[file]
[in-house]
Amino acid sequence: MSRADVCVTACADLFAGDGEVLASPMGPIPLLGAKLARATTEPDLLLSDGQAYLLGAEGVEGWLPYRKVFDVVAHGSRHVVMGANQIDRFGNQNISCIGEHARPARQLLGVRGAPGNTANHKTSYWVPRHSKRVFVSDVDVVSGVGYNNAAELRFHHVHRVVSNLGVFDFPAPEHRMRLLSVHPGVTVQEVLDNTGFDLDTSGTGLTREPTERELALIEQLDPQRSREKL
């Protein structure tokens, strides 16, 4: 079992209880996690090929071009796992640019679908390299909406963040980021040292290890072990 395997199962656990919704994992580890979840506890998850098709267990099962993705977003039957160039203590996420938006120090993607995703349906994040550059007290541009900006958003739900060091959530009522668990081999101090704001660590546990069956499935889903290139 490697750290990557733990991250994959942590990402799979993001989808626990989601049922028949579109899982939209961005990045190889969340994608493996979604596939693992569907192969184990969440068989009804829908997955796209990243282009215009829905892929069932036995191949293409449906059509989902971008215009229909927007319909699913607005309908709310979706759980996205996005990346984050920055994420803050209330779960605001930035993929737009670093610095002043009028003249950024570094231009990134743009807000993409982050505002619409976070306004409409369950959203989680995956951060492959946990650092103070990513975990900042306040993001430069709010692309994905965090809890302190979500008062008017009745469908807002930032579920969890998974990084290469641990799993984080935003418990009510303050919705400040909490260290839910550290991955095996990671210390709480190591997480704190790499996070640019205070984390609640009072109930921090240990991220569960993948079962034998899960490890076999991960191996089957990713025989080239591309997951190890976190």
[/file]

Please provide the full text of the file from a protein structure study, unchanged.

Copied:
[in-house]
Amino acid sequence: MSRADVCVTACADLFAGDGEVLASPMGPIPLLGAKLARATTEPDLLLSDGQAYLLGAEGVEGWLPYRKVFDVVAHGSRHVVMGANQIDRFGNQNISCIGEHARPARQLLGVRGAPGNTANHKTSYWVPRHSKRVFVSDVDVVSGVGYNNAAELRFHHVHRVVSNLGVFDFPAPEHRMRLLSVHPGVTVQEVLDNTGFDLDTSGTGLTREPTERELALIEQLDPQRSREKL
């Protein structure tokens, strides 16, 4: 079992209880996690090929071009796992640019679908390299909406963040980021040292290890072990 395997199962656990919704994992580890979840506890998850098709267990099962993705977003039957160039203590996420938006120090993607995703349906994040550059007290541009900006958003739900060091959530009522668990081999101090704001660590546990069956499935889903290139 490697750290990557733990991250994959942590990402799979993001989808626990989601049922028949579109899982939209961005990045190889969340994608493996979604596939693992569907192969184990969440068989009804829908997955796209990243282009215009829905892929069932036995191949293409449906059509989902971008215009229909927007319909699913607005309908709310979706759980996205996005990346984050920055994420803050209330779960605001930035993929737009670093610095002043009028003249950024570094231009990134743009807000993409982050505002619409976070306004409409369950959203989680995956951060492959946990650092103070990513975990900042306040993001430069709010692309994905965090809890302190979500008062008017009745469908807002930032579920969890998974990084290469641990799993984080935003418990009510303050919705400040909490260290839910550290991955095996990671210390709480190591997480704190790499996070640019205070984390609640009072109930921090240990991220569960993948079962034998899960490890076999991960191996089957990713025989080239591309997951190890976190």